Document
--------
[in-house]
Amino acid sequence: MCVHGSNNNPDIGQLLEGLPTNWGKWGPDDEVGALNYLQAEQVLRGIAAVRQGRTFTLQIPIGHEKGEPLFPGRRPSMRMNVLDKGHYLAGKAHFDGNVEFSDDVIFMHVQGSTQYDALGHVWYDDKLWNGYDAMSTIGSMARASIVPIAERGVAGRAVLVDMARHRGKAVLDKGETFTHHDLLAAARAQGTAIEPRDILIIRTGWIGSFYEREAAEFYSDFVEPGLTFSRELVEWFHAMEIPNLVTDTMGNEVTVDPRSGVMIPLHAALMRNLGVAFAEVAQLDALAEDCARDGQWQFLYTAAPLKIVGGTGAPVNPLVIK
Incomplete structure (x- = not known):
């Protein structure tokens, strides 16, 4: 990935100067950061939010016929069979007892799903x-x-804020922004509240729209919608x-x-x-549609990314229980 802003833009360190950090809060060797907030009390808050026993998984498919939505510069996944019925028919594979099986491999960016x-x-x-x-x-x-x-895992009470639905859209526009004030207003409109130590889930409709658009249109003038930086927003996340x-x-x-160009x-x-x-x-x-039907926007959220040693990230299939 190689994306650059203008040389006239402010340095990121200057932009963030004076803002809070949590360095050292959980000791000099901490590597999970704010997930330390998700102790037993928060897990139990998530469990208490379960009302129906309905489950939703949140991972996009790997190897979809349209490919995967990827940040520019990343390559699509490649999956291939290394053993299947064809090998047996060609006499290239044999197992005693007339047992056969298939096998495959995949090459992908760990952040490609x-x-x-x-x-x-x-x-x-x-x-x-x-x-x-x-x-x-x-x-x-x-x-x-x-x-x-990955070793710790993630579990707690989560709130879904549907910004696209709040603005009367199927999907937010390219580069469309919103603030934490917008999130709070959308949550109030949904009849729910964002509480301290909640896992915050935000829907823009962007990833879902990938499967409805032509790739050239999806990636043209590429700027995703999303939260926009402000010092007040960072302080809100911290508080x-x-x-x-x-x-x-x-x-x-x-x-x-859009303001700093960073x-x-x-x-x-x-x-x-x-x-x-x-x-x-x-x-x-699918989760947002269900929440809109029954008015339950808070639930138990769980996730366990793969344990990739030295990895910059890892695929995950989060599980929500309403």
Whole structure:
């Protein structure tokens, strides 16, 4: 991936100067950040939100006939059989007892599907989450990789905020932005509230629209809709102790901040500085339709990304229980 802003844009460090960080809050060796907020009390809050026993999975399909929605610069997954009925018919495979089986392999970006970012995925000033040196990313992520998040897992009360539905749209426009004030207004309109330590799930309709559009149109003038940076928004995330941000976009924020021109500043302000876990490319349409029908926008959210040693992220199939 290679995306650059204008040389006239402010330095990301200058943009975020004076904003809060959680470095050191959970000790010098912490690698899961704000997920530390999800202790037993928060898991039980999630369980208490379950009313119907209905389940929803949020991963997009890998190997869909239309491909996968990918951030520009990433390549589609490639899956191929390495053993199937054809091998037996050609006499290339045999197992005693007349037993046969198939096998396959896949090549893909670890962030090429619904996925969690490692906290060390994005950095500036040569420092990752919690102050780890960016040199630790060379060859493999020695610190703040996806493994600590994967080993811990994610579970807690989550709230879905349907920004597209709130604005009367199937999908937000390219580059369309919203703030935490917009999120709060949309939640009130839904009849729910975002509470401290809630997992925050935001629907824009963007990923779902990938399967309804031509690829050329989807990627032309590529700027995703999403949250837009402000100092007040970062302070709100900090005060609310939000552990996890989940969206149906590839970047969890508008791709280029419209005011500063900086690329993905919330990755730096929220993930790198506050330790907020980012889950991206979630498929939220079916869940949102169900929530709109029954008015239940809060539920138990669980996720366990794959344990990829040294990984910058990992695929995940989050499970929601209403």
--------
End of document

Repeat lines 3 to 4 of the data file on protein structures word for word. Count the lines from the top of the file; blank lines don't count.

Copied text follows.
Incomplete structure (x- = not known):
């Protein structure tokens, strides 16, 4: 990935100067950061939010016929069979007892799903x-x-804020922004509240729209919608x-x-x-549609990314229980 802003833009360190950090809060060797907030009390808050026993998984498919939505510069996944019925028919594979099986491999960016x-x-x-x-x-x-x-895992009470639905859209526009004030207003409109130590889930409709658009249109003038930086927003996340x-x-x-160009x-x-x-x-x-039907926007959220040693990230299939 190689994306650059203008040389006239402010340095990121200057932009963030004076803002809070949590360095050292959980000791000099901490590597999970704010997930330390998700102790037993928060897990139990998530469990208490379960009302129906309905489950939703949140991972996009790997190897979809349209490919995967990827940040520019990343390559699509490649999956291939290394053993299947064809090998047996060609006499290239044999197992005693007339047992056969298939096998495959995949090459992908760990952040490609x-x-x-x-x-x-x-x-x-x-x-x-x-x-x-x-x-x-x-x-x-x-x-x-x-x-x-990955070793710790993630579990707690989560709130879904549907910004696209709040603005009367199927999907937010390219580069469309919103603030934490917008999130709070959308949550109030949904009849729910964002509480301290909640896992915050935000829907823009962007990833879902990938499967409805032509790739050239999806990636043209590429700027995703999303939260926009402000010092007040960072302080809100911290508080x-x-x-x-x-x-x-x-x-x-x-x-x-859009303001700093960073x-x-x-x-x-x-x-x-x-x-x-x-x-x-x-x-x-699918989760947002269900929440809109029954008015339950808070639930138990769980996730366990793969344990990739030295990895910059890892695929995950989060599980929500309403």